How to Self-Publish a Book On Kindle


Are you ready to publish a book on Kindle?

Ready to join the ranks of people who have published a book?

Kindle is the ideal place to self-publish a book. Getting your book for sale on Kindle is a straightforward process. Plus, the Kindle store on Amazon is the biggest electronic book market in the world so once your book is published it will be available to a huge audience.

But how do you get the book for sale in the Kindle Store? Let’s start with what you need to have ready and then I will show you how to get the book uploaded.

What You Need to Self-Publish on Kindle

Follow these steps to successfully self-publish on Kindle. The steps do not have to be done in this order, but you should make sure that steps 1 – 4 below are all complete before you begin the process of putting the book in the Kindle Store.

  1. You will need a written book ready to be published. The book should be professionally edited. Kindle has no minimum page count for a book, but you should plan to have a minimum of 20 pages on the Kindle (I will show you how to check the page count on Kindle later on in this tutorial).
  2. The book will also need a cover. You can use the Kindle Cover Creator tool which can be opened in during the process of uploading your book on KDP. The Cover Creator tool is free. However, it will not allow you to create your ideal cover. The cheapest place to get a cover is through Fiverr. From there, you can work with a professional designer locally or you can hire someone on one of the freelance outsourcing websites like 99 designs or Elance.
  3. You will need to know the ‘meta data’ about your book. The meta data includes things like which category the book should be in, what the Title and sub-title are, and what the price is going to be. You can always change the price and title information later. This is a benefit unique to Kindle – every other book publishing platform requires an ISBN number be associated with your book except Kindle which makes it difficult to change the title / sub-title information.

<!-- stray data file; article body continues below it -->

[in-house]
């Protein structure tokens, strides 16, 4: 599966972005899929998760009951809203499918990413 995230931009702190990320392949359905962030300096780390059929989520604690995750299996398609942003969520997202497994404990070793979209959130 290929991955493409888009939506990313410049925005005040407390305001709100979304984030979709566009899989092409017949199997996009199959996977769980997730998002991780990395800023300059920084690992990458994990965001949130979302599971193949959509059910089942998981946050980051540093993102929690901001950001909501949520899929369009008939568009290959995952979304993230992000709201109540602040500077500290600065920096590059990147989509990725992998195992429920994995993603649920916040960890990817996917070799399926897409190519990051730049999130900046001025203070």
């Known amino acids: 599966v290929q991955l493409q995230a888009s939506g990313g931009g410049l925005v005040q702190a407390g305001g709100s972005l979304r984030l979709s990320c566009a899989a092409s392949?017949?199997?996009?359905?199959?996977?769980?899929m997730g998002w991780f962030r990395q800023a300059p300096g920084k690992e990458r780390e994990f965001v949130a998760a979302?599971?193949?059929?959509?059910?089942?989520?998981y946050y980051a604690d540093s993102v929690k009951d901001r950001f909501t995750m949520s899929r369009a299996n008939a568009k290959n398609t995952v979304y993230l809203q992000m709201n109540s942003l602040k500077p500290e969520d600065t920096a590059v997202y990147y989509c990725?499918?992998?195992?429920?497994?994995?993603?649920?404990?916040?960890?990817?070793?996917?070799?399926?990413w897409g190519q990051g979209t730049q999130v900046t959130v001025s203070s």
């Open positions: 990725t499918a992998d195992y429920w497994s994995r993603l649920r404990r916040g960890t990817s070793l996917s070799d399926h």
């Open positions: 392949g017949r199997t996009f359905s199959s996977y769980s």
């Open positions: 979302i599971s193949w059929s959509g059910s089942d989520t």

4. Your book will need a good descriptive Table of Contents. The Table of Contents should be linked through to the chapter locations within the book.
  5. Finally, get a copy of the free Kindle Previewer tool from Amazon. This allows you to easily preview your book in a Kindle format before you publish it. This is your chance to ‘proof’ the book to find mistakes. Check that the Table of Contents are linked appropriately and that your layout looks good. Sometimes, the layout of your book in your word processor ends up looking quite different than the Kindle version.

The process of self-publishing a book on Kindle is easy once you have the book written and you have finished the steps presented here. Simply visit to set up your account and you can begin getting the book published.

Photo Credit: Wendell on Flickr

Will the Print Book Go Away?


Have you heard? Ebooks are taking over the world! Print books will cease to exist in only a matter of a few short years!

The electronic book has changed the landscape for publishing and consuming books. But is the print book really going to go extinct?

Not in my lifetime.

And here’s why.

Imagine a horizontal line. The line represents value – the left side is lowest value and the right side is highest value to the reader.

Now, the next thing I want you to do is to start picturing different types of content and where they fall along this line that represents value to the reader.

On the far left I would put articles and blog posts. Not that these are totally invaluable, but they just have the least value to the reader. They are designed to be short(er). I would also put newspapers nearby on the line.